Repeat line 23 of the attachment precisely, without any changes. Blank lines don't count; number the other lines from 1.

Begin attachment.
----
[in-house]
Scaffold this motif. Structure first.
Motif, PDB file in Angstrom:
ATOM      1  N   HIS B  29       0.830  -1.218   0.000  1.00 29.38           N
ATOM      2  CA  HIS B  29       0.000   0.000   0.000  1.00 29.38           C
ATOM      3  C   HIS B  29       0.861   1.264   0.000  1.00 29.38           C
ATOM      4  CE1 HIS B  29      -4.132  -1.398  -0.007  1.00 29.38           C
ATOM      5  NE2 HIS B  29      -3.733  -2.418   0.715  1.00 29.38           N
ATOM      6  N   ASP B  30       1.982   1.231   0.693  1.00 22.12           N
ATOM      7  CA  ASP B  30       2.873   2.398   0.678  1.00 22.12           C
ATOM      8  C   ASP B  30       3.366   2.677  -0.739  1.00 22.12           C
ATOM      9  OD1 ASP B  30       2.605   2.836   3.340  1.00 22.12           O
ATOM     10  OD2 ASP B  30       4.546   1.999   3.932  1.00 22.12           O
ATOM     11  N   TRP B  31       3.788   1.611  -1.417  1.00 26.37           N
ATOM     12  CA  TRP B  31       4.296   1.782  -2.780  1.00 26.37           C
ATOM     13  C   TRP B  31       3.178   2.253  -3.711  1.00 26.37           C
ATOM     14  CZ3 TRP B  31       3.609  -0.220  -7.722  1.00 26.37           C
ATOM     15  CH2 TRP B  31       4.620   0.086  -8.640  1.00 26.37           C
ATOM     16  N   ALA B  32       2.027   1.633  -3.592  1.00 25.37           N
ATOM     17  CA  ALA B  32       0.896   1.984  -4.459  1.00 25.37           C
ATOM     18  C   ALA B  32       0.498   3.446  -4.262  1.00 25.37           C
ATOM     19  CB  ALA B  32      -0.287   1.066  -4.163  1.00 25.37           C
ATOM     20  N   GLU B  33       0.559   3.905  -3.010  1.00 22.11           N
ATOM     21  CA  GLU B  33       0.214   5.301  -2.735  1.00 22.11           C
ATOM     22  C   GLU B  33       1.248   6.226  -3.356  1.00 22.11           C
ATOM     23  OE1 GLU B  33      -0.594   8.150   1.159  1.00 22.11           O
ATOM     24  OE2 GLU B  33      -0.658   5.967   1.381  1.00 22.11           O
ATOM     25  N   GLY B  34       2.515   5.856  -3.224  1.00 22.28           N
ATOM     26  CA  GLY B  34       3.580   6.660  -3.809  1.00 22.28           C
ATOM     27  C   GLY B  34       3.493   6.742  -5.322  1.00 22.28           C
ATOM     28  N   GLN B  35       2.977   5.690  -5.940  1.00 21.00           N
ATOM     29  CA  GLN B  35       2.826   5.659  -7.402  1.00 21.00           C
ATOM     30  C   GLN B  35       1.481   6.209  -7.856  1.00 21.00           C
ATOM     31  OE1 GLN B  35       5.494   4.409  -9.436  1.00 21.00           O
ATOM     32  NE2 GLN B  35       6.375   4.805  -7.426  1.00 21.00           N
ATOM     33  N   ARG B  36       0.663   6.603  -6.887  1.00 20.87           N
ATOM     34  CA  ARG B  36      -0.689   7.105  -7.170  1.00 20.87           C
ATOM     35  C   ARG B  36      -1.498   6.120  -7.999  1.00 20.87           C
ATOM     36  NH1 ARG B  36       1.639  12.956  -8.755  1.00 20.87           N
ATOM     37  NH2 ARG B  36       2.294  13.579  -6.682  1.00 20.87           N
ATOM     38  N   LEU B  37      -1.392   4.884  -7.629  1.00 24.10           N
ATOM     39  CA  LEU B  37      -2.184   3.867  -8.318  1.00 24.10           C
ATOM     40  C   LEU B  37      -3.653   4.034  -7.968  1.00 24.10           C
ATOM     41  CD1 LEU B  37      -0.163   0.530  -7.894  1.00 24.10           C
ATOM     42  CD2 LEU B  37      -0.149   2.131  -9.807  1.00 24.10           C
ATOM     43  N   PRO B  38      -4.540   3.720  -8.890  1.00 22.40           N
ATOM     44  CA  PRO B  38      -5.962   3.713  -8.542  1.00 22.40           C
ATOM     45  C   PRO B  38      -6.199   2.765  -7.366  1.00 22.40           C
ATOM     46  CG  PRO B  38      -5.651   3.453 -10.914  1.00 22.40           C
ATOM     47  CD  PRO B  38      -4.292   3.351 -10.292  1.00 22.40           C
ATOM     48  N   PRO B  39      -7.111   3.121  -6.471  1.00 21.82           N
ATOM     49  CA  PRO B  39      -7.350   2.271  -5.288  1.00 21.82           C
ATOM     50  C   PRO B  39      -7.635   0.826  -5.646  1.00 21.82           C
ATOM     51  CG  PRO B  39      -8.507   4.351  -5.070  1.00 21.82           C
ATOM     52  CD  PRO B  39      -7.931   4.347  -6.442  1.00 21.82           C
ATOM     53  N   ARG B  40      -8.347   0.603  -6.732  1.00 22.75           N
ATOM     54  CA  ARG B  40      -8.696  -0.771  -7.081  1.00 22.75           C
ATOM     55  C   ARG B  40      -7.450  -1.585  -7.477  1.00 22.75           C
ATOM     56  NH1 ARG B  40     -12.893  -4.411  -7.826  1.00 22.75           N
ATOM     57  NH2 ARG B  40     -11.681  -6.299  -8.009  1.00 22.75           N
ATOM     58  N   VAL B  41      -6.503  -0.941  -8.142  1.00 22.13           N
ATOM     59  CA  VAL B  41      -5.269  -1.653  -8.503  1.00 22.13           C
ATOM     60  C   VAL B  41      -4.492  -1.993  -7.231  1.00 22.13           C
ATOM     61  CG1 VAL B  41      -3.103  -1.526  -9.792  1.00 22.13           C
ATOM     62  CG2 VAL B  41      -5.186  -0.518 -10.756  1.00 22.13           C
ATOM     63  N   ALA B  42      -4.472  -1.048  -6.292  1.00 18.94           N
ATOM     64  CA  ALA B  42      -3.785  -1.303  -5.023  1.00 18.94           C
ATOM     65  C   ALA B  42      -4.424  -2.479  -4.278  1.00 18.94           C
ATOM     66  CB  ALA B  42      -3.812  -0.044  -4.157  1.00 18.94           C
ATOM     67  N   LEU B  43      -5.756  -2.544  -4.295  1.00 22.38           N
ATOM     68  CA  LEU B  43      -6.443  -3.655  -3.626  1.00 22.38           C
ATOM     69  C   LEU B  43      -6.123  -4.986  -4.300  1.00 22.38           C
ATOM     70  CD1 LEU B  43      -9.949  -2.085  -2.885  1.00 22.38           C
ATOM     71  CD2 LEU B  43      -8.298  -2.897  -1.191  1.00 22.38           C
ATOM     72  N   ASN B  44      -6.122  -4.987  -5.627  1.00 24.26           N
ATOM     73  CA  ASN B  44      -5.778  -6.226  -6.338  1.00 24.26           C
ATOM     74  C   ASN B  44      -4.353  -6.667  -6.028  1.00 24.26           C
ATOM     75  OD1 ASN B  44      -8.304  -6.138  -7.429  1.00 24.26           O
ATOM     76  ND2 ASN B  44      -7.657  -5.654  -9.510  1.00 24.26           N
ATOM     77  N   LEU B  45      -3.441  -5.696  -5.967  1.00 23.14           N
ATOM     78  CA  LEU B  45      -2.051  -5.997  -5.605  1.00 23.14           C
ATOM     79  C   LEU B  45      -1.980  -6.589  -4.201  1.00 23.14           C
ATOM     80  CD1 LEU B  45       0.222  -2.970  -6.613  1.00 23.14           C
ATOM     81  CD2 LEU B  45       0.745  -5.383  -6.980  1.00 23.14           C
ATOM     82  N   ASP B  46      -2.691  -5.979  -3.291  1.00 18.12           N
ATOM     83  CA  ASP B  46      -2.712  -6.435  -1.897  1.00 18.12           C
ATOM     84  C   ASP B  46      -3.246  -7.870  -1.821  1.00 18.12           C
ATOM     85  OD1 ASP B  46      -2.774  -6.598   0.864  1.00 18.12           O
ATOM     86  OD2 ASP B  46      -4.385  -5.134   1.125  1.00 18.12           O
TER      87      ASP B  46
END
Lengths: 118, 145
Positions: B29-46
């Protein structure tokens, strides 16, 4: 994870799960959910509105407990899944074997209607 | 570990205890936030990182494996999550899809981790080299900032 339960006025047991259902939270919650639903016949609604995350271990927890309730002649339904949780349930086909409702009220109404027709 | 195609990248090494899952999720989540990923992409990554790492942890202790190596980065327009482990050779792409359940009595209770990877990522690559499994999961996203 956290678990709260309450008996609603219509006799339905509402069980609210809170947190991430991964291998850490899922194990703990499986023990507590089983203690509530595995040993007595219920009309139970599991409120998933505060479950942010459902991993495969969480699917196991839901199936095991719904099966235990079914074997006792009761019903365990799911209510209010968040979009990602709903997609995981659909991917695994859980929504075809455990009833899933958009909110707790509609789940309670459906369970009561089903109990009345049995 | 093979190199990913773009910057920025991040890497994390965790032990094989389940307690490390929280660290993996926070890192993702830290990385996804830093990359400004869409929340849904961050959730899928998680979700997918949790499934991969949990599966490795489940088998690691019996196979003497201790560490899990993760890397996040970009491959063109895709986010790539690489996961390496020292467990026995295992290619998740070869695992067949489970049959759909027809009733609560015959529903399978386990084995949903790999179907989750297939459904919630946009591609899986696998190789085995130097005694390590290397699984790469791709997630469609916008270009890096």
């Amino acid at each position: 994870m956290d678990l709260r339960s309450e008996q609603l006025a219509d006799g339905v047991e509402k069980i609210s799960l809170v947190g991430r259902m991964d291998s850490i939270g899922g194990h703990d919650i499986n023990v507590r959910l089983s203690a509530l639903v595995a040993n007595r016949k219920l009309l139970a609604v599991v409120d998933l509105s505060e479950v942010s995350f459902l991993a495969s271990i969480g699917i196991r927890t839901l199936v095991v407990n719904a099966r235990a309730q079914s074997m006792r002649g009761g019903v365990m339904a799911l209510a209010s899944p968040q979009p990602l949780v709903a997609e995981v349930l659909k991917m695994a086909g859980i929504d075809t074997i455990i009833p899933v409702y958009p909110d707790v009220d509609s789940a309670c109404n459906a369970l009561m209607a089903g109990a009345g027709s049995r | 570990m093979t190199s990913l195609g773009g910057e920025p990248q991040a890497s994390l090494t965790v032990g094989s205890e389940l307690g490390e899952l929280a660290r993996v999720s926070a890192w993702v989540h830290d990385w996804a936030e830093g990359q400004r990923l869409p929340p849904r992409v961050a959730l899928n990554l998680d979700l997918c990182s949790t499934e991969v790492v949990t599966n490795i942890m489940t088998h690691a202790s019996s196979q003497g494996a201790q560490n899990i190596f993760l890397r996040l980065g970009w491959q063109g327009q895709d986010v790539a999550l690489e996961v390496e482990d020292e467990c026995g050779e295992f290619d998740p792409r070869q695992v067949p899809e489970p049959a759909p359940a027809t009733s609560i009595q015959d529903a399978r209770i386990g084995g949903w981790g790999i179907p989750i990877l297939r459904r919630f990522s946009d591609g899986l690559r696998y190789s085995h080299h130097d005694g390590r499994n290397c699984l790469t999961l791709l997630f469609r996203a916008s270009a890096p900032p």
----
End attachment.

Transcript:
ATOM     20  N   GLU B  33       0.559   3.905  -3.010  1.00 22.11           N